Faculty from the Clemson University College of Behavioral, Social and Health Sciences and College of Business are part of a multidisciplinary team of researchers developing digital literacy tools to help curb the negative effects of online disinformation.
Darren Linvill, associate professor in the Department of Communication, and Patrick Warren, associate professor in the Department of Economics, join a team of researchers led by Siwei Lyu, Empire Innovation Professor of Computer Science and Engineering at the University of Buffalo. They have received a $750,000 grant from the National Science Foundation’s Convergence Accelerator, a program that builds upon basic research and discovery to accelerate solutions toward societal impact.
Linvill and Warren will aid in the creation of content and lessons that help all audiences identify online disinformation. While others on the research team will focus on delivering the content to younger audiences, Linvill and Warren will spearhead its delivery to an older audience once the tools are ready to be disseminated. He said the data concerning online disinformation clearly shows that both groups are equally important and should be addressed in different ways.
“Even many experts who study disinformation haven’t internalized the fact that older Americans spread disinformation seven or eight times more often than younger Americans,” Linvill said. “Essentially, my students’ grandparents need these tools more than my students do.”
The research team includes experts in artificial intelligence, the humanities, information science and other fields. In addition to the University of Buffalo and Clemson, they hail from the University of Illinois Urbana-Champaign, Lehigh University and Northeastern University.
The project — titled Disinformation Range to Improve User Awareness and Resilience to Online Disinformation — centers on developing a suite of digital literacy tools and advanced educational techniques to reduce the harmful effects of online disinformation. Researchers plan to have a prototype ready in June, when they will share it with senior citizens and teenagers.
“Just as a vaccine inoculates individuals from a virus, we want to inoculate media consumers from disinformation,” Lyu said. “Inoculated users form the first line of defense against the spread of corrupted and misleading information.”
Linvill and Warren have become international content experts on online disinformation over the past few years. They created a Media Forensics Hub, a flexible space for collaboration, innovation and project development on campus that expands the ways Clemson can help journalists, policymakers and academics worldwide gain a more complete understanding of the complex social media landscape.
Linvill said the hub goes beyond educating those who study media; it also helps any online user to understand how disinformation works, how a person can spot it and how they can do their part to stop it from spreading.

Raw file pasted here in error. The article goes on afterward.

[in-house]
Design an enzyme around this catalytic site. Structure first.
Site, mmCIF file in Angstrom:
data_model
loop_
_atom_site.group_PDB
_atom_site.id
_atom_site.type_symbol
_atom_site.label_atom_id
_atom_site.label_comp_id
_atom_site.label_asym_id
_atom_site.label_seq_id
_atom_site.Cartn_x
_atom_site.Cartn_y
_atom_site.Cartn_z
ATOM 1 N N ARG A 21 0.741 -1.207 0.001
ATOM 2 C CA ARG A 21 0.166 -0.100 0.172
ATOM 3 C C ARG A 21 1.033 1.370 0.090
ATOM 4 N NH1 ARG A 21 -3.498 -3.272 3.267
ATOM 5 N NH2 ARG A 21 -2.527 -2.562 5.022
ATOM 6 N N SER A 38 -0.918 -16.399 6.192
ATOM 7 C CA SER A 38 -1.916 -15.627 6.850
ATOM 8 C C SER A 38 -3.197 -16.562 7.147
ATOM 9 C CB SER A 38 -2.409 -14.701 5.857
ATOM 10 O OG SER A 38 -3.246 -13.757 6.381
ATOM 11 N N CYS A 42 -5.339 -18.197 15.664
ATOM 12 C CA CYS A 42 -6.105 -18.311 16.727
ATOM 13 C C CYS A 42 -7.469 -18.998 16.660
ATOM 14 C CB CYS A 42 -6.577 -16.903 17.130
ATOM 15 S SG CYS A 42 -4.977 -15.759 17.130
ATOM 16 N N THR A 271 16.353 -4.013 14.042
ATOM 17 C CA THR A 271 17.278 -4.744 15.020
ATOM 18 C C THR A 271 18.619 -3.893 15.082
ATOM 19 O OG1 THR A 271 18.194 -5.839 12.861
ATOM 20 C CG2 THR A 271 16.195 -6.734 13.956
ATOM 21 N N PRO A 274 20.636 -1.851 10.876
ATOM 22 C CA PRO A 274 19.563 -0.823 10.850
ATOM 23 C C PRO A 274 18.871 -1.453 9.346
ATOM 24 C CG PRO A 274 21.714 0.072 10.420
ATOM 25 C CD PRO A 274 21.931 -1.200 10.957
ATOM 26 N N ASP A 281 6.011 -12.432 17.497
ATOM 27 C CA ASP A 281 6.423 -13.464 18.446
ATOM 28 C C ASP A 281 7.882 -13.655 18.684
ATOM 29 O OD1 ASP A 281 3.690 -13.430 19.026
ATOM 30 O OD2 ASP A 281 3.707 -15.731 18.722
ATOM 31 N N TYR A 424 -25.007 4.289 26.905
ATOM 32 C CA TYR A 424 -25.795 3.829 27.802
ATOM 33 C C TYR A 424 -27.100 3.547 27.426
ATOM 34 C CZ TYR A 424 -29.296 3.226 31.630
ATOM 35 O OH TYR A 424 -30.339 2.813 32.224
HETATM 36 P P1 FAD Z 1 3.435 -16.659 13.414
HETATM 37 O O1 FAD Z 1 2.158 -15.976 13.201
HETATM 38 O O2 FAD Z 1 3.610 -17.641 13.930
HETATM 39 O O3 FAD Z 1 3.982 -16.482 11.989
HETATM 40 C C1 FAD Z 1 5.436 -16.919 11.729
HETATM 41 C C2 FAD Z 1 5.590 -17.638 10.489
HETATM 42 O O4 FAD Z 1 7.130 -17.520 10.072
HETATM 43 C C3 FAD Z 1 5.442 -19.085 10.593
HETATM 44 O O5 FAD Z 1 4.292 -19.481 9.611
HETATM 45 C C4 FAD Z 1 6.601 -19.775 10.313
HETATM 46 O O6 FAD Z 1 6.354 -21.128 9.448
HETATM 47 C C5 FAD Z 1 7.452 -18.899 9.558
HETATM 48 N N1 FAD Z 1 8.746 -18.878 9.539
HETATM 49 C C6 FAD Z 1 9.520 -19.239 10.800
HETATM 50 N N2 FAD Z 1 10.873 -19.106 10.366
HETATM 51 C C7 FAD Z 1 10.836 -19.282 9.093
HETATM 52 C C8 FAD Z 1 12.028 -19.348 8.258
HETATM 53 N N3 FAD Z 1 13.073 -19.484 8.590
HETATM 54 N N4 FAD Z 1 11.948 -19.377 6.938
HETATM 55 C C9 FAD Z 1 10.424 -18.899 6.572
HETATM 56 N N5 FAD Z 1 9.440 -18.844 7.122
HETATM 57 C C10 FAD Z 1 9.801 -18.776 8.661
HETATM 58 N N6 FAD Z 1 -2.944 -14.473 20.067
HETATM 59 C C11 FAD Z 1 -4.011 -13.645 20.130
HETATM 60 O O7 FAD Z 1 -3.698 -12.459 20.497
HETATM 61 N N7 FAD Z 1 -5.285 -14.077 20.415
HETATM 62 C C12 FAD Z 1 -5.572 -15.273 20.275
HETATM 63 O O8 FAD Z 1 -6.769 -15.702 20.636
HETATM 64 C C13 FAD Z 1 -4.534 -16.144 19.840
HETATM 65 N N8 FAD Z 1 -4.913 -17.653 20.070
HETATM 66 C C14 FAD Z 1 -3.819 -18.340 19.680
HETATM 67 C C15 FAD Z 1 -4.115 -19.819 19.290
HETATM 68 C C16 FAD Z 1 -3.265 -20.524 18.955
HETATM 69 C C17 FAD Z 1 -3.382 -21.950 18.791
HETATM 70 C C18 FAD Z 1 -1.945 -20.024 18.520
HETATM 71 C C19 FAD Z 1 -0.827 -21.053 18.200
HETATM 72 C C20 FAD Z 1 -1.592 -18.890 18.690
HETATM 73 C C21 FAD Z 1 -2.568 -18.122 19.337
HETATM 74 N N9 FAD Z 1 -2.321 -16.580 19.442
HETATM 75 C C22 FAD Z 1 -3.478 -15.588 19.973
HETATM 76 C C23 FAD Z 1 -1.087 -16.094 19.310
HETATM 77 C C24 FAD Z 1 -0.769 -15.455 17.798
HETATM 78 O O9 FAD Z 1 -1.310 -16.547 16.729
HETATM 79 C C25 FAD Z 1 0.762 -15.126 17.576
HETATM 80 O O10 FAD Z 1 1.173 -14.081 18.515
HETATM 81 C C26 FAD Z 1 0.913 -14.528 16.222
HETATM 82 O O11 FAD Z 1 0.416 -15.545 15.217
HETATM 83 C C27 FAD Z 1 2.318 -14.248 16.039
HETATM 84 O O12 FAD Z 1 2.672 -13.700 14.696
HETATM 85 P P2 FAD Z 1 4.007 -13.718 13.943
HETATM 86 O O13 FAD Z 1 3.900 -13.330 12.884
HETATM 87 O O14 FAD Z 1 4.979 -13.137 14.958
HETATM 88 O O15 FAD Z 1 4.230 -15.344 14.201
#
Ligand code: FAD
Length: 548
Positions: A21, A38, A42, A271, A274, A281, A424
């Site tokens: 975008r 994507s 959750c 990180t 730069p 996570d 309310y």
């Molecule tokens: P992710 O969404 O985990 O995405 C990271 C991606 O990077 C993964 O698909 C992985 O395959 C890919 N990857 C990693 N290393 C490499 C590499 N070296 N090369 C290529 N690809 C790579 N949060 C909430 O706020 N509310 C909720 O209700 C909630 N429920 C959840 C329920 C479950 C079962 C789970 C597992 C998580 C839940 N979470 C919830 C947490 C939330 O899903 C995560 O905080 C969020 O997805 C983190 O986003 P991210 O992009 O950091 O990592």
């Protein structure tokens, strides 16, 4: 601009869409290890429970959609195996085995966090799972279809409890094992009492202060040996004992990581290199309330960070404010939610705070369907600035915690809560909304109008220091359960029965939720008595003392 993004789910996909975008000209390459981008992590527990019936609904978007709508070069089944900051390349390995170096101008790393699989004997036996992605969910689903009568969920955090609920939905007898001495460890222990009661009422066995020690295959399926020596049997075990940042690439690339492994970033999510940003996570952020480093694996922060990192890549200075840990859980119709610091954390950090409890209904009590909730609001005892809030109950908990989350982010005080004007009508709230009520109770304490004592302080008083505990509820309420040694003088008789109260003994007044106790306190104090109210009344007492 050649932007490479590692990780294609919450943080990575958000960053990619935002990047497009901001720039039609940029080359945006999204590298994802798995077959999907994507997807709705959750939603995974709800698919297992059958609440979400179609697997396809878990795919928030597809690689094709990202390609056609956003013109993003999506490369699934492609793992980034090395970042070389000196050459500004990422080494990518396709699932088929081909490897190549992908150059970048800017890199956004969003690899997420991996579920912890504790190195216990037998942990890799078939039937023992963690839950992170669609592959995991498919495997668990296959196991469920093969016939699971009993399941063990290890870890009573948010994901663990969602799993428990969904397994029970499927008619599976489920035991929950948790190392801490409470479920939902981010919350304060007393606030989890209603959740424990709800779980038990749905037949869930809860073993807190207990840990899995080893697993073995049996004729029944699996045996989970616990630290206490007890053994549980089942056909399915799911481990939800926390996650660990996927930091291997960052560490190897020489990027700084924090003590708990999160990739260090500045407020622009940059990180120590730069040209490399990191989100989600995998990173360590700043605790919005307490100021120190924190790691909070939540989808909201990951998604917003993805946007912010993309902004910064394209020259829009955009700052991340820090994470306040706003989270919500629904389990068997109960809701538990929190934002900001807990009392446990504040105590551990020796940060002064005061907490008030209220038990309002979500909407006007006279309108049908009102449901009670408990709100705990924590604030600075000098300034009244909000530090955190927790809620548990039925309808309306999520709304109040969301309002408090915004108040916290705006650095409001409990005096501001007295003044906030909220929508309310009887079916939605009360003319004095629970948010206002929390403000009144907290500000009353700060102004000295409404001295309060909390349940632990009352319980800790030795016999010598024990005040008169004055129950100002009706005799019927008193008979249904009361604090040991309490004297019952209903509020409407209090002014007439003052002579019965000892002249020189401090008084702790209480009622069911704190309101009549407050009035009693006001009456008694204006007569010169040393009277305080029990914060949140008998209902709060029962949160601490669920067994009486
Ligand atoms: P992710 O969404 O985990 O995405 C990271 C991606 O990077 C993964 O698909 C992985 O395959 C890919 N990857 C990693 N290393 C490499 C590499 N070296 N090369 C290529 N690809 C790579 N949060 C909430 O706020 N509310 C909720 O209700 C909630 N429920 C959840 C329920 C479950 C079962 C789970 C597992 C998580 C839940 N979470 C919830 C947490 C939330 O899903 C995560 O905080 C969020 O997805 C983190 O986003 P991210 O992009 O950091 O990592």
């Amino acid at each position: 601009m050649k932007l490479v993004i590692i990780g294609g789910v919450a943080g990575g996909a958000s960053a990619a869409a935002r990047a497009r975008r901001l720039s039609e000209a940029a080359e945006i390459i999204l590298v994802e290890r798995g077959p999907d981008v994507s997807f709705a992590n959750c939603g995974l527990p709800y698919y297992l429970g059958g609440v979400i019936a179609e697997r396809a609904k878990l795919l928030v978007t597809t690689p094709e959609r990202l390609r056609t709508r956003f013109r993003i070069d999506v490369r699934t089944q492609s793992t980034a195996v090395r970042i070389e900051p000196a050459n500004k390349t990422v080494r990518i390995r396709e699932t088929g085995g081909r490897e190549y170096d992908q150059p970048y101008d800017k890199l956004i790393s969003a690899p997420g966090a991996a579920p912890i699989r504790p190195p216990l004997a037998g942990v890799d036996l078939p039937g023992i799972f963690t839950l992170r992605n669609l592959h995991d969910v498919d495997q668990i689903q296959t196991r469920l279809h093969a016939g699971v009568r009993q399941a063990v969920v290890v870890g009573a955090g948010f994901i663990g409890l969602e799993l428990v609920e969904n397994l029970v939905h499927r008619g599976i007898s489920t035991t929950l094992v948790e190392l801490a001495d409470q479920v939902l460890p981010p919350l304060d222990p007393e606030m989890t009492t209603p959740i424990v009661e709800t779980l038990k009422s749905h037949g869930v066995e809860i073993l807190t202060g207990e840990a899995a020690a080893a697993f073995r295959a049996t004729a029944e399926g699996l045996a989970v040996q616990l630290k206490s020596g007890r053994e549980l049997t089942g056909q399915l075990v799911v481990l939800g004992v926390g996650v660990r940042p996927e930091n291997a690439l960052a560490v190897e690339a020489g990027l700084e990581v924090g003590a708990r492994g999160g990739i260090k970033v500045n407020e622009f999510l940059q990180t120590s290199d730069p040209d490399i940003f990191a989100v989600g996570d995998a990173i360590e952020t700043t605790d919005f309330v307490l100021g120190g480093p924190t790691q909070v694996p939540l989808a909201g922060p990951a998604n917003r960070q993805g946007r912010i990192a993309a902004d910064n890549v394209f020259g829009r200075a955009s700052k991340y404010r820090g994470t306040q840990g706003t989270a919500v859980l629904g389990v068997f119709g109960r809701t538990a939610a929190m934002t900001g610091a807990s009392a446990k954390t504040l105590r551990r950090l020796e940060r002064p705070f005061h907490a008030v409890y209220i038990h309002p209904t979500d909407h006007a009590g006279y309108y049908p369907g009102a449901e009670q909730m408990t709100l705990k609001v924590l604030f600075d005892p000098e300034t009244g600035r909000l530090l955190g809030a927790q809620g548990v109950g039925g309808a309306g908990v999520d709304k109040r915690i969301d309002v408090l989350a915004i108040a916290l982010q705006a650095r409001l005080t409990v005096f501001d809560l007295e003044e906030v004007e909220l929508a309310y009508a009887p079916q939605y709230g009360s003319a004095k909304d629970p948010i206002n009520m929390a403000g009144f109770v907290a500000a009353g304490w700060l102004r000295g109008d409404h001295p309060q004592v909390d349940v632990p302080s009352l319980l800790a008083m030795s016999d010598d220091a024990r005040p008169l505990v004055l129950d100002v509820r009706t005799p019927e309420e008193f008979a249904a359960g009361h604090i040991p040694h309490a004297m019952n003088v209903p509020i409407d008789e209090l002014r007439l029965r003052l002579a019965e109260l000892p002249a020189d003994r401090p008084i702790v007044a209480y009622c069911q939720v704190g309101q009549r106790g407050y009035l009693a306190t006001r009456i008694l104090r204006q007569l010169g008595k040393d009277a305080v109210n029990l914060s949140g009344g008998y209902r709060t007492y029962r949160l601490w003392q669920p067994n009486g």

Linvill and Warren will leverage the hub’s existing relationship with the Osher Lifelong Learning Institute at Clemson University, which is part of a national network of membership programs for adults over 50 who are part of a learning community with their peers. The researchers have previously delivered their “Spot the Troll” quiz to OLLI members at Clemson to help them differentiate between a troll account and a real person on social media.
Researchers will use part of the NSF funding to further assess the quiz’s value and effectiveness, and they plan to work with OLLI nationally to deliver the broader Disinformation Range tools in coming years.
According to Julie Vidotto, director of OLLI at Clemson, the lecture Linvill and Warren delivered in Spring 2019 on troll accounts and their effect on political discourse was well received by the OLLI audience. Vidotto said it was clear that the lessons learned should not be limited to a Clemson audience, so she connected the researchers to leadership at the Osher National Resource Center housed at Northwestern University.
“This center serves as the ‘connective tissue’ between 124 OLLIs that represent nearly 200,000 older adults, so we’re excited about the potential of connecting these tools to even more older adults to potentially improve their effectiveness,” Vidotto said. “When they approached me about bringing these new tools to OLLI, I thought it was a brilliant idea.”
Disinformation Range was selected in the first phase of the NSF Convergence Accelerator’s 2021 cohort. It is one of 12 teams funded under the accelerator’s Trust and Authenticity in Communications Systems track.
Linvill said it is refreshing to be a part of a large, multidisciplinary group of researchers that considers an older audience as equally important to a younger one when it comes to identifying and stopping the spread of online disinformation.
“It is truly opposite problems; we need to build skepticism with older Americans while helping younger Americans know who they can trust,” Linvill said. “We need to address both groups with a wide range of tools, and those tools have to be adapted to the particular group with which we’re engaging.”
The Department of Communication and the Osher Lifelong Learning Institute are part of the University’s College of Behavioral, Social and Health Sciences (CBSHS). Established in July 2016, CBSHS is a 21st-century, land-grant college that combines work in seven disciplines – Communication; Nursing; Parks, Recreation and Tourism Management; Political Science; Psychology; Public Health Sciences; Sociology, Anthropology and Criminal Justice – to further its mission of “building people and communities” in South Carolina and beyond.
Get in touch and we will connect you with the author or another expert.
Or email us at email@example.com